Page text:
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Charlotte Amalie
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HomeNewsArchivesSenators Wary of OMB's Request for Lump-Sum Budget

Senators Wary of OMB's Request for Lump-Sum Budget

July 26, 2005- During Tuesday's Finance Committee hearing, Office of Management and Budget Director Ira Mills' request for approval of a $2.9-million lump-sum budget was met with strong opposition by committee members.
Mills said that the lump-sum budget would allow for greater flexibility in managing resources within the agency, and enable officials to respond quickly to any unforeseen circumstances which may arise during the year. "For example, if utility costs go up within a certain period of time, a lump-sum budget would allow an agency to move around money to accommodate the cost," Mills said.
Mills added that the current line-item budget system is not effectively because money is allocated for a specific purpose, and is therefore harder to transfer.
Showing strong opposition to the idea, Sen. Terrence "Positive" Nelson told Mills that most senators would have a hard time approving lump-sum budget requests because they are concerned that most departments would mismanage the funds. "Once the money is in your possession, you could do whatever you wanted to do with it … and there’s no good accounting system to show where it would be going," Nelson said.
While admitting the possibility that some government agencies might mismanage the money, Mills stated that on the whole, most departments are very responsible in accounting for fund distribution. "This is not a fair response — most of the money that has been requested by these departments is dedicated to the hiring of personnel or to salary increases. After that money is distributed, there is very little left over for other areas," Mills said.
"It is incorrect to imply that a lump-sum budget would be a free-for-all. It only allows for flexibility in the total amount and nothing else. This is the only year we have been able to give everybody their full amounts. What happens if we are unable to do this next year? With a lump-sum budget, these departments can prepare for the future."
Continuing the debate with Sen. Norman Jn Baptiste, Mills asked why the Legislature chooses a lump-sum budget for itself when senators seem to be so opposed to the idea. "No one has given me an answer to that question yet … the Legislative branch has a lump-sum budget, and the courts. So the only branch of government that doesn’t have a lump-sum budget is the executive branch—a branch which has to distribute its money into 26 different parts. This doesn’t make sense—if we want to be responsible, then we should all be responsible," Mills said.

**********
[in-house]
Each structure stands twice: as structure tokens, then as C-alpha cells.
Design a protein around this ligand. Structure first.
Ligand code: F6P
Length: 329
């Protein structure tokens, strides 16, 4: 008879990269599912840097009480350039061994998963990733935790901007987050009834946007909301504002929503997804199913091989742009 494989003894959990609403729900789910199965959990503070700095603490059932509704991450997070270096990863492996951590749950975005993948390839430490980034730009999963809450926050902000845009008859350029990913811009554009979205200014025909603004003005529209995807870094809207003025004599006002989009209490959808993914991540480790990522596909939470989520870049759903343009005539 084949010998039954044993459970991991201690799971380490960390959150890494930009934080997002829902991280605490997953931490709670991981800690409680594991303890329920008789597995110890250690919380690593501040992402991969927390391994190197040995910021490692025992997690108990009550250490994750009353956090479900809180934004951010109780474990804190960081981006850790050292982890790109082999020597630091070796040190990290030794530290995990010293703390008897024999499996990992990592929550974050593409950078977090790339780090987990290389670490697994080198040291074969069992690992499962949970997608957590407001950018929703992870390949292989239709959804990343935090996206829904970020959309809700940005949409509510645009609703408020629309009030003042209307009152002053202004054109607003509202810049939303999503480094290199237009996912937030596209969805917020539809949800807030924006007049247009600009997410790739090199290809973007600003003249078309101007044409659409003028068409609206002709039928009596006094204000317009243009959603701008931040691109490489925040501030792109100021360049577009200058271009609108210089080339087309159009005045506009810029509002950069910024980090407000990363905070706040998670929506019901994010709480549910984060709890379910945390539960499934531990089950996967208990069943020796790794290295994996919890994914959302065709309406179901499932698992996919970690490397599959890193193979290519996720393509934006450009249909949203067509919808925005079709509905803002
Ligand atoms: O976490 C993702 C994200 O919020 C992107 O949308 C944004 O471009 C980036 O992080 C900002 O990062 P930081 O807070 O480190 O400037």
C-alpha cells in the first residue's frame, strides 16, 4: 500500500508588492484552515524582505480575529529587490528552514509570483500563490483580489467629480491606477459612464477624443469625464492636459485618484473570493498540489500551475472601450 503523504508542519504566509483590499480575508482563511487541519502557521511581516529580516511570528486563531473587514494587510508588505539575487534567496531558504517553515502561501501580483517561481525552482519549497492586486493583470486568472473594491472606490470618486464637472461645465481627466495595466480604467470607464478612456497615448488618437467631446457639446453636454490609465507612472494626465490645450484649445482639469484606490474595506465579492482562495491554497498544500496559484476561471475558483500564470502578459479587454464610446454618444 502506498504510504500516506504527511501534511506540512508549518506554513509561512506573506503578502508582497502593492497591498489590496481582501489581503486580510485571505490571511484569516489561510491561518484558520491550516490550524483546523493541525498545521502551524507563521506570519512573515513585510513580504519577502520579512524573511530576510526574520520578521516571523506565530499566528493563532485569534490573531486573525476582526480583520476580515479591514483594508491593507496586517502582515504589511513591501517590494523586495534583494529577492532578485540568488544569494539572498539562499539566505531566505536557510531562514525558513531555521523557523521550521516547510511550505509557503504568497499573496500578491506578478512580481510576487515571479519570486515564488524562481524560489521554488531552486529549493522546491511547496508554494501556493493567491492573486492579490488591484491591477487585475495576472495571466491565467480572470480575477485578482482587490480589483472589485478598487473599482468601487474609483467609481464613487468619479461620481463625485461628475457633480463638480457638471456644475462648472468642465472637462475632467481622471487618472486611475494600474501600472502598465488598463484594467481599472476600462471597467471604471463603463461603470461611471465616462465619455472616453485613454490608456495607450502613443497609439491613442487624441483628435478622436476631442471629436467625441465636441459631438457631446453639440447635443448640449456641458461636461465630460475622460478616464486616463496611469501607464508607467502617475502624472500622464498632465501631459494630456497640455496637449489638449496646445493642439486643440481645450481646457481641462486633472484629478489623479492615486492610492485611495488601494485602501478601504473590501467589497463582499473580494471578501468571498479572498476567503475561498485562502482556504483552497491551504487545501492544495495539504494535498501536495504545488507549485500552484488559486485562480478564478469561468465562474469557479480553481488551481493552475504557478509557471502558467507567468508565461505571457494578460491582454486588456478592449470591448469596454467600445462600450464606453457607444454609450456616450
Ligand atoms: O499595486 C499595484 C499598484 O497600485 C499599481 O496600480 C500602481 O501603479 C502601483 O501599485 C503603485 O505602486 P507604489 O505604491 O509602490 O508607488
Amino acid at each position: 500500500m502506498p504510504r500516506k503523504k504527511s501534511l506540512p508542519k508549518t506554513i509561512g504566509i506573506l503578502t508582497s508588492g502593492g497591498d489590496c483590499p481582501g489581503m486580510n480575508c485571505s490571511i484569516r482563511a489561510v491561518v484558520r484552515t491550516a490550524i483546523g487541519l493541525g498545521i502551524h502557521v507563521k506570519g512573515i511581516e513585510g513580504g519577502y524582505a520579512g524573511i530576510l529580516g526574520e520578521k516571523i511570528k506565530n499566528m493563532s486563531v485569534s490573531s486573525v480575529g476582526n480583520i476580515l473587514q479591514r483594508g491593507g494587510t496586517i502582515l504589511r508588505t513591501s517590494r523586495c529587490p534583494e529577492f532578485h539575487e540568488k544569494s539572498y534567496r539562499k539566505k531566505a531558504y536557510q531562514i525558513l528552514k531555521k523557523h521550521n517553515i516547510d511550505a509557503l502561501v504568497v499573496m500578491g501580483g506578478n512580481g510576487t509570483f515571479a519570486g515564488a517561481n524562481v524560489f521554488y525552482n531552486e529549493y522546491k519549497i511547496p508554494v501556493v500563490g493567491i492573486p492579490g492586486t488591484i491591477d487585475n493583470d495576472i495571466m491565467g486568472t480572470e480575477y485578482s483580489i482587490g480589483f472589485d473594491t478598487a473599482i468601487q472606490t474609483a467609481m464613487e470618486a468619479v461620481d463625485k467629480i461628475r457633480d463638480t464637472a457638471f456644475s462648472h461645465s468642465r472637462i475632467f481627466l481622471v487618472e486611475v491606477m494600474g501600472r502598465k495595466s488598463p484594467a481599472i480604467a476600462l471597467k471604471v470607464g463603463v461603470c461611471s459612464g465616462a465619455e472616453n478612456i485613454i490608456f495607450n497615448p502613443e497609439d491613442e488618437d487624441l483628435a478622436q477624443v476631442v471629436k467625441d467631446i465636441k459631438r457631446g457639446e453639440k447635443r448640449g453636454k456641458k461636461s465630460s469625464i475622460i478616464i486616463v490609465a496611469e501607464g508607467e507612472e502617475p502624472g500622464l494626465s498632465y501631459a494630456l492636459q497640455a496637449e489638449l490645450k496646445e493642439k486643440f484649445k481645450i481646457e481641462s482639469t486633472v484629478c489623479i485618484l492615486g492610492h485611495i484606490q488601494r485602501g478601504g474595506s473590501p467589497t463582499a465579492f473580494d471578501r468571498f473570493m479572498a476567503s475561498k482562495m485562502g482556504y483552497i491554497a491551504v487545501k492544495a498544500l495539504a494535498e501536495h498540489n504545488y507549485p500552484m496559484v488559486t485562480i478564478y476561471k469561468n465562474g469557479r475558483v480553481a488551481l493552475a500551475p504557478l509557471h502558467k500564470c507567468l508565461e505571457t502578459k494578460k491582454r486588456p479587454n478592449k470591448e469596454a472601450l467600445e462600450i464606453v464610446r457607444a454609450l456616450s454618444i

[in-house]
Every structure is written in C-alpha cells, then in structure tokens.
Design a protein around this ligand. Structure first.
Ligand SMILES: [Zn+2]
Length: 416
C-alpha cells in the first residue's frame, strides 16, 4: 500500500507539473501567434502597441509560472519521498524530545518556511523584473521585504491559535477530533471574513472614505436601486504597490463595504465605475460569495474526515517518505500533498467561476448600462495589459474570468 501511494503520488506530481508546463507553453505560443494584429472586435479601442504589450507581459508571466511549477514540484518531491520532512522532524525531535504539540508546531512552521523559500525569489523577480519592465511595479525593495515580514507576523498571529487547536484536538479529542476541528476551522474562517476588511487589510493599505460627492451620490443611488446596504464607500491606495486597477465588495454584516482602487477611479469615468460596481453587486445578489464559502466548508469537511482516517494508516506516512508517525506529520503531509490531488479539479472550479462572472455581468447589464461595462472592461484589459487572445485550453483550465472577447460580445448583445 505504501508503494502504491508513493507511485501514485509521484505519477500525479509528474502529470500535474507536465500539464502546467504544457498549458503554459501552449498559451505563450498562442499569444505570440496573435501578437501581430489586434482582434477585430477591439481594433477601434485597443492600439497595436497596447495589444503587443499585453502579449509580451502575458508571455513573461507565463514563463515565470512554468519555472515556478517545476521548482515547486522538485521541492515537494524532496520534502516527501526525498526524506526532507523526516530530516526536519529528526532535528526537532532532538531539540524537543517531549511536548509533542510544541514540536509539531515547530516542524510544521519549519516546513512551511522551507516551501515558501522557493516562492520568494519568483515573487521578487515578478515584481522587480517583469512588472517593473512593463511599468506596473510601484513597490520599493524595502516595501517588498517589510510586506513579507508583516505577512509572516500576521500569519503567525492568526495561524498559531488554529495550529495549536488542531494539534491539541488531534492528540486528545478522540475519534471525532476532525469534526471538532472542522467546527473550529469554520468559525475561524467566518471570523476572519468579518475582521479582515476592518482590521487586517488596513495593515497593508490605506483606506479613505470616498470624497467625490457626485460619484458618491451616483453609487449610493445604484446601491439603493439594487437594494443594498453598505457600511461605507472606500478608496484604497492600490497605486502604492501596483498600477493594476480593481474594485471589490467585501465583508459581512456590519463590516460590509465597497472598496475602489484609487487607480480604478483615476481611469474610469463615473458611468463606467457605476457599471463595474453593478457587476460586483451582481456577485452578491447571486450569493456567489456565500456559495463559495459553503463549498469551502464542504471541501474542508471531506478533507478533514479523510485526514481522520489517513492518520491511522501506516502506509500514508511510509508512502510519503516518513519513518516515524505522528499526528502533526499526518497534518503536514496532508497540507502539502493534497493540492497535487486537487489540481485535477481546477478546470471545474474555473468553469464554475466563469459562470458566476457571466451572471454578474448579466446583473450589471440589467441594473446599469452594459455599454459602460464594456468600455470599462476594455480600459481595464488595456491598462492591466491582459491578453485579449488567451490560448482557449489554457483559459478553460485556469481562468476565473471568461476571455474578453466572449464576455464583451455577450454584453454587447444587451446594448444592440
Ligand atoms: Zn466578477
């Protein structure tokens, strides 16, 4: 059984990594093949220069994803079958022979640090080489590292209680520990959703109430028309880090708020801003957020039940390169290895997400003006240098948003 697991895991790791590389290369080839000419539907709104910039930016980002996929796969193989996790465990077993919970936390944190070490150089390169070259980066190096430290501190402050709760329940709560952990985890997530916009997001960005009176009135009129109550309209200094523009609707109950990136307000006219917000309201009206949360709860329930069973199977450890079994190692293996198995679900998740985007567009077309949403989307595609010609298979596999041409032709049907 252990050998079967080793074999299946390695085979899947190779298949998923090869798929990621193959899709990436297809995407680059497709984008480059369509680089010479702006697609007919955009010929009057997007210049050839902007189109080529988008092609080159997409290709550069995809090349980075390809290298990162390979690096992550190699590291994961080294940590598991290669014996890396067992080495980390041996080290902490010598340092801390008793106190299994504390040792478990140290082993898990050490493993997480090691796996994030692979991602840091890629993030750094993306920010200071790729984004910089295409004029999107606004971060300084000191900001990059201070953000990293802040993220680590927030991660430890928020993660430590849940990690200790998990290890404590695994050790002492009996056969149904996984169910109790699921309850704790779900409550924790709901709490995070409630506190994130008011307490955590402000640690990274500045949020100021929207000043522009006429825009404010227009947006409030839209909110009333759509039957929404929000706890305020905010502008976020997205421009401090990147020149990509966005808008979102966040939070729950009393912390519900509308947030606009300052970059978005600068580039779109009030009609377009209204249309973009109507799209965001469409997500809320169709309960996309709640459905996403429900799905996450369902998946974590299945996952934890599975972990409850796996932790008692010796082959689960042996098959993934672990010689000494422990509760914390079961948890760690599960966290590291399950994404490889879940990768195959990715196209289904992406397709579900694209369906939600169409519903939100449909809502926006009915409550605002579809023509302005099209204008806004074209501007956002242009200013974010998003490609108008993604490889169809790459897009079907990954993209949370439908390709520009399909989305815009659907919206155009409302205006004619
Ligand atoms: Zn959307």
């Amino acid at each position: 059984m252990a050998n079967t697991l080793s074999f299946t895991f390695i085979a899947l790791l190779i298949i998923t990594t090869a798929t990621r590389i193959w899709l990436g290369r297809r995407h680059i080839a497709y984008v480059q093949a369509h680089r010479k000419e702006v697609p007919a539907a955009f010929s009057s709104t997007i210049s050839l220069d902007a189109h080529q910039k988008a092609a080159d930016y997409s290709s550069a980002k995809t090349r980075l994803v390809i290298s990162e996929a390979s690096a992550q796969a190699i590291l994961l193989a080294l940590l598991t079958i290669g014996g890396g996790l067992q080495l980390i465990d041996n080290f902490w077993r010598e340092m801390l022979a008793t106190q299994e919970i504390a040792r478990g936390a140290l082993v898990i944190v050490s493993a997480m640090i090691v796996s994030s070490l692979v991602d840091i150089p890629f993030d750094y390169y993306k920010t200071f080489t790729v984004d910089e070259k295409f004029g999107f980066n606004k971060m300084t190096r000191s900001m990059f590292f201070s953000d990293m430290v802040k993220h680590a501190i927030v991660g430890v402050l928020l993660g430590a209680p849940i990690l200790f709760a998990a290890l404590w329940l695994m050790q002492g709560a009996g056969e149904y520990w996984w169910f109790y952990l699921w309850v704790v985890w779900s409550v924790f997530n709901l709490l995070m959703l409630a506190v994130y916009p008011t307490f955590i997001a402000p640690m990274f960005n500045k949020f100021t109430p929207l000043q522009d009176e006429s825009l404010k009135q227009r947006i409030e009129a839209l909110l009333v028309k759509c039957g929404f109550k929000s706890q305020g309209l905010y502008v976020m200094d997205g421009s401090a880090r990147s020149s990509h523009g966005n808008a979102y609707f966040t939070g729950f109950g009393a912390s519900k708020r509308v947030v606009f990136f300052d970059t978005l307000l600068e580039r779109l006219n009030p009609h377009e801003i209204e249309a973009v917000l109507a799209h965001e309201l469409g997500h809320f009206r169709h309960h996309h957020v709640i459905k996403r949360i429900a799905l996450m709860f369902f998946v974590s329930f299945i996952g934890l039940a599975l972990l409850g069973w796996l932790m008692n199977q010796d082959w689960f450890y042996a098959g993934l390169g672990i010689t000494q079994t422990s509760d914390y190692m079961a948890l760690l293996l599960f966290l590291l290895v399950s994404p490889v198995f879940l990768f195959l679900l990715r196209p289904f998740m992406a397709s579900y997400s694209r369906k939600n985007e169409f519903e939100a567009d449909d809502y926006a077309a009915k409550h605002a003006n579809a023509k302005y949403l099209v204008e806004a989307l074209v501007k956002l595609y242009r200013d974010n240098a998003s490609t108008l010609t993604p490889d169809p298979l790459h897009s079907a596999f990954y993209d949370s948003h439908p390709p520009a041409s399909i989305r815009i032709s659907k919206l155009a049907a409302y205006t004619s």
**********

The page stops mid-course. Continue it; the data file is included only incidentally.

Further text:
In response, Jn Baptiste said that the executive branch is the only branch that has been indicted because "fiscal restraint and discipline has not been exercised."
Mills said that his financial team is actively working on measures to quell federal concerns about the financial state of the Virgin Islands, including the creation of an internal audit unit, and a new financial management system (FMS).
Suggested by the federal government in the compliance agreement between the United States and local education departments, a new FMS will give government departments and agencies the ability to access and document various financial information. Mills said that this new system will take three to five years to implement and is still in its beginning stages.
Not happy with this information, senators asked Mills what was taking so long, and what would be done in the meantime to secure financial accountability. Mills explained that until the system is complete, a third-party fiduciary—an individual working on behalf of the federal government to manage financial affairs—would be set up to manage the Education Department’s finances.
"Because of the conditions in the compliance agreement, this has to be implemented first. But, because this is also a governmentwide problem, we are working on a new Enterprise Resource Planning System [to replace the old FMS] so that there will be more accountability with fund management," Mills said.
Present at Tuesday's hearing were Sens. Lorraine Berry, Jn Baptiste, Roosevelt C. David, Adlah "Foncie" Donastorg, Nelson, Usie Richards and Juan Figueroa-Serville. Sen. Neville James was absent.
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